>  Flight Attendant Life   >  You Can’t Make This Sh*T Up: The Redeye Turn From Hell
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Gather round, boys, girls, and theys; Have I got a tale for you!


It isn’t for the faint of heart, but if you’ve got a strong stomach—and a sense of humor—this one’s for you.

Sometimes a boring flight is too much to hope for. plane logo

How Does She Do It?


If I had a dollar for every time someone said to me “I could never do your job” or “I don’t know how you do it,” I might still be an impoverished flight attendant, but I would at least be a grand richer.

While I totally agree that this job is not for everyone, it isn’t very often that my job feels hard. Most of the time it feels great. Easy. Chill. Dull, even. I feel like the WiLd StoRiEs that make the news and Tik Tok have people believing I show up to work every day and get into a street brawl. That I’m constantly fighting with customers, being set up for a ‘gotcha’ moment on film. That I’m watching airplane parts get ripped off the plane and fall to the earth or I’m being tossed about amid debris, during severe turbulence.

Most of the time my job is nothing like this. The reason these stories get so much traction in the media is because they are so outrageous, so out of the ordinary. No one wants to watch a Tik Tok about a peaceful flight where no one screamed or hit their call button. Where everyone got from point A to point B safely and without incident. It’s boring. Which is just the way I like it.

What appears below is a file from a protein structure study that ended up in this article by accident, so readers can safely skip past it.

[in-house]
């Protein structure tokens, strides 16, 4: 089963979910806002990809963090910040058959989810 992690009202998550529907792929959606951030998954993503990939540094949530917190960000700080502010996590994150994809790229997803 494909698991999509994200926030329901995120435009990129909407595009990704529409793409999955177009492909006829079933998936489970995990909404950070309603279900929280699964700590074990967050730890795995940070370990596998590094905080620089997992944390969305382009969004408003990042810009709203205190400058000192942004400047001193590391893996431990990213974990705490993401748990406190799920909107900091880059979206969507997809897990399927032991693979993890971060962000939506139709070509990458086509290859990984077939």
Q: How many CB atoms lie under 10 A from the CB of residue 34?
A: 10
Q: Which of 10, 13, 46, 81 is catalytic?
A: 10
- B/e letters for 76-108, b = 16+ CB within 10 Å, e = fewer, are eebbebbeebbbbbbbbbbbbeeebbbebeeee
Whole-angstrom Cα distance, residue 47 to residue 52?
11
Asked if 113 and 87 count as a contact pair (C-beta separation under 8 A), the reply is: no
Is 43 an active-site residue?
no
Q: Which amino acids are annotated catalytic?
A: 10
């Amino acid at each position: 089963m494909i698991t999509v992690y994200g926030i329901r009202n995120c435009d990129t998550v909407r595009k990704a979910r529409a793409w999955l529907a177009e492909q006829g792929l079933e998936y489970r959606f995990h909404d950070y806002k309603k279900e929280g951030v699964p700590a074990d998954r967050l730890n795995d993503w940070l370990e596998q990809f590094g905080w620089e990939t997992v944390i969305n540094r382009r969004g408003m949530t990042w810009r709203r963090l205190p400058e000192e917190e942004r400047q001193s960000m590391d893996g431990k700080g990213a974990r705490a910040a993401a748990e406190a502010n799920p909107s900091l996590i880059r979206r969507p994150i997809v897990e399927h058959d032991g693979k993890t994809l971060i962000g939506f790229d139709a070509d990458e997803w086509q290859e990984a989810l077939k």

But as much as these wild and crazy flights are the exception and not the norm, every once in a while, they do happen. And you’ve just got to sigh your way through it, and console yourself that “At least it’s good content.”

My recent 5-day block of island red-eye flying was one for the books, and though those five nights nearly killed me, I came away with a story too good not to tell.

**Trigger Warning: Themes of domestic violence and bodily fluids. Read with care (maybe not while eating.)

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(Chocolate. She does it with chocolate.)

The Setup:


My last week of work in April consisted of five back-to-back redeye turns to the Dominican Republic and Puerto Rico. (For those of you who don’t know, a turn is when I fly somewhere and fly right back. A redeye turn is when I do this overnight. And island flying ain’t easy.)

Five nights of being a vampire will wear you down, even if they’re drama-free. But this particular week of flying was anything but. I never made it to my fifth turn, because a four-hour delay in the middle of the night made me illegal for my final trip—a silver lining that almost made up for the BS my crew and our customers were put through.  I don’t have it in me to get into that infuriatingly preventable delay, but I DO want to tell you about my flight just before that one. A trip that will live rent-free in my mind, and an instant classic in my arsenal of “crazy flight attendant stories”.

On this night, we had drama on not one, but BOTH of our flights. Police were called, customers were removed, pants were soiled. Intrigued? Read on.

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Boring redeye, anybody?

Part I: Hands To Yourself

First up, in my night of horrors, was a little domestic violence incident. Seriously.

We were fully boarded, ready to close the door for takeoff, when the aft flight attendant called to the front. She was calling to inform us that the (giant) man sitting in row 26 had his (tiny) girlfriend in a headlock and was shoving her against the tray table. The customer sitting behind the couple told the flight attendant it was the second time it had happened. When confronted, the couple insisted everything was fine, but the woman had clearly been crying.